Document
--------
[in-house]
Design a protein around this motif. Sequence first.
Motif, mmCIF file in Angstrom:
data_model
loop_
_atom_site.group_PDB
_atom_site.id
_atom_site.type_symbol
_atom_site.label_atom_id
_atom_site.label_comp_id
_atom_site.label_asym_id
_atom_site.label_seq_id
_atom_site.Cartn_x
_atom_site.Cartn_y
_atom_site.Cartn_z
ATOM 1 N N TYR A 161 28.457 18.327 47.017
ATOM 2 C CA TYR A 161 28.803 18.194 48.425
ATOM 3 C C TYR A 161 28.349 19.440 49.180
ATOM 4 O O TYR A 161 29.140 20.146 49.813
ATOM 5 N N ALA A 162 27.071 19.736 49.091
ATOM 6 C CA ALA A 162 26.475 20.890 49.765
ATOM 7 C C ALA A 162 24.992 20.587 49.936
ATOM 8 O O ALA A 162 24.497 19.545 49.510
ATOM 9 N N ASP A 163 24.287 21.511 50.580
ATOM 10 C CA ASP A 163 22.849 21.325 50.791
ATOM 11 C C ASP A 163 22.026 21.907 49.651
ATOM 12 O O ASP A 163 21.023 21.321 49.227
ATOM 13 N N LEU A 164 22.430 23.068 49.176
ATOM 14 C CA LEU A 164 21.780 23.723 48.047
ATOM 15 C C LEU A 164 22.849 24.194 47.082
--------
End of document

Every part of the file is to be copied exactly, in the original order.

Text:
[in-house]
Design a protein around this motif. Sequence first.
Motif, mmCIF file in Angstrom:
data_model
loop_
_atom_site.group_PDB
_atom_site.id
_atom_site.type_symbol
_atom_site.label_atom_id
_atom_site.label_comp_id
_atom_site.label_asym_id
_atom_site.label_seq_id
_atom_site.Cartn_x
_atom_site.Cartn_y
_atom_site.Cartn_z
ATOM 1 N N TYR A 161 28.457 18.327 47.017
ATOM 2 C CA TYR A 161 28.803 18.194 48.425
ATOM 3 C C TYR A 161 28.349 19.440 49.180
ATOM 4 O O TYR A 161 29.140 20.146 49.813
ATOM 5 N N ALA A 162 27.071 19.736 49.091
ATOM 6 C CA ALA A 162 26.475 20.890 49.765
ATOM 7 C C ALA A 162 24.992 20.587 49.936
ATOM 8 O O ALA A 162 24.497 19.545 49.510
ATOM 9 N N ASP A 163 24.287 21.511 50.580
ATOM 10 C CA ASP A 163 22.849 21.325 50.791
ATOM 11 C C ASP A 163 22.026 21.907 49.651
ATOM 12 O O ASP A 163 21.023 21.321 49.227
ATOM 13 N N LEU A 164 22.430 23.068 49.176
ATOM 14 C CA LEU A 164 21.780 23.723 48.047
ATOM 15 C C LEU A 164 22.849 24.194 47.082